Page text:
But if we read every EULA and fully understood them we wouldn't be using 95% of the apps we use on any device.

      1. Arthur the cat Silver badge

        Re: Might be a good time to start reading those EULAs

        But if we read every EULA and fully understood them we wouldn't be using 95% of the apps we use on any device.

        Some EULAs are so long they'd take 95% of your time to read. I generally try to read them but past the sixth page my eyes glaze over.

    3. Mark 85 Silver badge

      Re: Might be a good time to start reading those EULAs

      Basically, it's pure CYA for the company. Lawyers, LEA's etc. have created this monster.

  2. sabroni Silver badge

    Not so much a social media platform...

    ...as a state surveillance agency staffed by gullible volunteers.

    (Apologies to Stewart Lee.)

    1. eldakka Silver badge

      Re: Not so much a social media platform...

      ...as a state surveillance agency staffed by gullible volunteers.

      I doubt they are gullible volunteers, they are probably paid state-actors. Why else would an app like this be designed with the capability of collecting device browsing history in the first place?

      It's a ground up by-design by-intention state surveillance app.

  3. LDS Silver badge

    "Robert uploaded a single photo of himself"

    And he's a security researcher? I would have uploaded a photo of Lincoln, probably, if I had been testing the application....

    Moreover "national security" of what country? In China that means quite everything....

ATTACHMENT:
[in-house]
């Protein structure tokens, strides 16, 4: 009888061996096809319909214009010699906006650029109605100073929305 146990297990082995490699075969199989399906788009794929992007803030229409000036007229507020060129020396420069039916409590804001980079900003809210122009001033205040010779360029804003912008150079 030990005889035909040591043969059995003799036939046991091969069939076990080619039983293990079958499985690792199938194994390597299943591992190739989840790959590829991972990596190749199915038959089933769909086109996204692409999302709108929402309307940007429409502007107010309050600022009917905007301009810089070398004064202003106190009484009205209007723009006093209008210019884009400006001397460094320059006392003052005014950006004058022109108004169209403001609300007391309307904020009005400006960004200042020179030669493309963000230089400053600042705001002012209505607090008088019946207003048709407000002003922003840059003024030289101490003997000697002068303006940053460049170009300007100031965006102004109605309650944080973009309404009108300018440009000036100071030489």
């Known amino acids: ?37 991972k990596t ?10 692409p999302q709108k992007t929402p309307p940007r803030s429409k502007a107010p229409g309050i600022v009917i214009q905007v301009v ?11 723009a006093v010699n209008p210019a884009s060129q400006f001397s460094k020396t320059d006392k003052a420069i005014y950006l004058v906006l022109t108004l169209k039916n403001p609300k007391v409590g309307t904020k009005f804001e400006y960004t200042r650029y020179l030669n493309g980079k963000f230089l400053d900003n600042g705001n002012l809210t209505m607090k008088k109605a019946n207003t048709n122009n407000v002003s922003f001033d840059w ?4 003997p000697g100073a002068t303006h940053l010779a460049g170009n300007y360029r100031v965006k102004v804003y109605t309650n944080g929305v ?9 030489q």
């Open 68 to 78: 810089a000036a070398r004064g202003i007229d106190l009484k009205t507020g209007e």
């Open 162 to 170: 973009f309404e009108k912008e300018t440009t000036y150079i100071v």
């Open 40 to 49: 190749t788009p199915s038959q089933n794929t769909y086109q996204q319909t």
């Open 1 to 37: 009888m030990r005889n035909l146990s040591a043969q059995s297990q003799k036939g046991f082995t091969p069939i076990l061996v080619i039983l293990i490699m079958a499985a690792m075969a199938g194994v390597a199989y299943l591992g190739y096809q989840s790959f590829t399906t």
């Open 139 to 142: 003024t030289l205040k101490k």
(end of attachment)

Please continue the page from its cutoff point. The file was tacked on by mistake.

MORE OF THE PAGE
1. Dan 55 Silver badge

      Re: "Robert uploaded a single photo of himself"

      From the Twitter thread:

      https://www.thispersondoesnotexist.com/

      The perfect way to test apps like this, fill in profile photos, etc...

      1. FrogsAndChips Silver badge
        Terminator

        Re: "Robert uploaded a single photo of himself"

        Feeding an AI-generated photo to a video-generating AI? What could possibly go wrong?

        1. TomPhan

          Re: "Robert uploaded a single photo of himself"

          Next he'll be typing Google into Google.

  4. Lord Elpuss Silver badge

    For a Chinese app, the privacy policy is actually being relatively transparent here - we own your stuff. The real issue is that ANY concept of privacy in China is a moot point - if the State wants your data, they’ll get it regardless of any policy.

    I stayed in a hotel in Shanghai recently. Went to check in, first thing they did was hand my passport to a suited gent who took it and disappeared out back. I was standing at the desk for a good half hour while they faffed around, asking me for room preferences, asking about my trip, recommending places to see or go, all nice enough but clearly just filling time. Then the guy came back with my passport, handed it to the receptionist and said something in Chinese, at which point I miraculously got my room key.

    What they were doing for that half hour I will never know (and probably don’t want to know). For the rest of that trip I worked under the assumption that absolutely everything I said or did was completely visible to the Chinese authorities, including in my hotel room.

    1. sabroni Silver badge

      if the State wants your data, they’ll get it regardless of any policy.

      Wow, that sounds bad!

      How do we get the data out of the hands of the evil state and back where it belongs, in good old USA based advertising corporations?

      1. Lord Elpuss Silver badge

        Re: if the State wants your data, they’ll get it regardless of any policy.